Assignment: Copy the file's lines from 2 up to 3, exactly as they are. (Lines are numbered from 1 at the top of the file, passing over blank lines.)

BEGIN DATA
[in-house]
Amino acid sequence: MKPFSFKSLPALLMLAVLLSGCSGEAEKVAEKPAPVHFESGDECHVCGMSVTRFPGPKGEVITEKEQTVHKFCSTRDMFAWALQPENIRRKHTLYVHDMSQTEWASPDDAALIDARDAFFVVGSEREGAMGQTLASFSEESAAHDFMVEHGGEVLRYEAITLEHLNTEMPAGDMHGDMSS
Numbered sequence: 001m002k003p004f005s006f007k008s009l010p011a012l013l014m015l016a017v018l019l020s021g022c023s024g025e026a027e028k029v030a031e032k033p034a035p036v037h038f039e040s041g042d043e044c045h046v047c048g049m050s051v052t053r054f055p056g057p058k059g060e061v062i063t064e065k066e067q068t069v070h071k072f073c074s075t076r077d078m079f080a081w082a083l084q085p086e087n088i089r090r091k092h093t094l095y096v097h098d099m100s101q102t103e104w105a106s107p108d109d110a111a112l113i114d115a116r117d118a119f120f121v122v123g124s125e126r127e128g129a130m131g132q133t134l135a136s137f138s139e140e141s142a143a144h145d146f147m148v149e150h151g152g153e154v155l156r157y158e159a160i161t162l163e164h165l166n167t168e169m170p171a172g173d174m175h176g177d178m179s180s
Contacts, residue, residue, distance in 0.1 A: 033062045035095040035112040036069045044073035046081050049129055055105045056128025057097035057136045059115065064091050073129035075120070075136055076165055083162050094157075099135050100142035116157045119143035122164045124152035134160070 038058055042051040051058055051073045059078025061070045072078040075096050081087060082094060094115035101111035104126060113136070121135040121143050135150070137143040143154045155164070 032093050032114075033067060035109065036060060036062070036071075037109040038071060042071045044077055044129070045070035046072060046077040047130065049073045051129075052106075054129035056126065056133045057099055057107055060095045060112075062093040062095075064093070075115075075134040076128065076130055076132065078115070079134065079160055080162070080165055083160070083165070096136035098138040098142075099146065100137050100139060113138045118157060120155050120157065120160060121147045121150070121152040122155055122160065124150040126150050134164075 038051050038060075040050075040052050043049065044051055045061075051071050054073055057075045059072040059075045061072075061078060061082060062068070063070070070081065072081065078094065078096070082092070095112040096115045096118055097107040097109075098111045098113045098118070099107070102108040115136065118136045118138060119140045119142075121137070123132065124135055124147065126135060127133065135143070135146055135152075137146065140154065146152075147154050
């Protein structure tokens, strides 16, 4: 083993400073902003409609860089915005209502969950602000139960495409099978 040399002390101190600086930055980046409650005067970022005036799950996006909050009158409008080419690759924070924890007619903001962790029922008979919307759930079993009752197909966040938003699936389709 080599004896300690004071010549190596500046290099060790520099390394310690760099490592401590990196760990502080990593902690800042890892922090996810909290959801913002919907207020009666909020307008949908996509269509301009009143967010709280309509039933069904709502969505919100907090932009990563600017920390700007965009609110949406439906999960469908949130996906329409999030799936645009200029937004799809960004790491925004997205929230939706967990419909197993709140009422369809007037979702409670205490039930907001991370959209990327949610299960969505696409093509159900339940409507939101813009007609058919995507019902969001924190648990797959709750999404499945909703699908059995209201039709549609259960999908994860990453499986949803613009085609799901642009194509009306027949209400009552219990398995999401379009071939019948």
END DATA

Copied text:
Amino acid sequence: MKPFSFKSLPALLMLAVLLSGCSGEAEKVAEKPAPVHFESGDECHVCGMSVTRFPGPKGEVITEKEQTVHKFCSTRDMFAWALQPENIRRKHTLYVHDMSQTEWASPDDAALIDARDAFFVVGSEREGAMGQTLASFSEESAAHDFMVEHGGEVLRYEAITLEHLNTEMPAGDMHGDMSS
Numbered sequence: 001m002k003p004f005s006f007k008s009l010p011a012l013l014m015l016a017v018l019l020s021g022c023s024g025e026a027e028k029v030a031e032k033p034a035p036v037h038f039e040s041g042d043e044c045h046v047c048g049m050s051v052t053r054f055p056g057p058k059g060e061v062i063t064e065k066e067q068t069v070h071k072f073c074s075t076r077d078m079f080a081w082a083l084q085p086e087n088i089r090r091k092h093t094l095y096v097h098d099m100s101q102t103e104w105a106s107p108d109d110a111a112l113i114d115a116r117d118a119f120f121v122v123g124s125e126r127e128g129a130m131g132q133t134l135a136s137f138s139e140e141s142a143a144h145d146f147m148v149e150h151g152g153e154v155l156r157y158e159a160i161t162l163e164h165l166n167t168e169m170p171a172g173d174m175h176g177d178m179s180s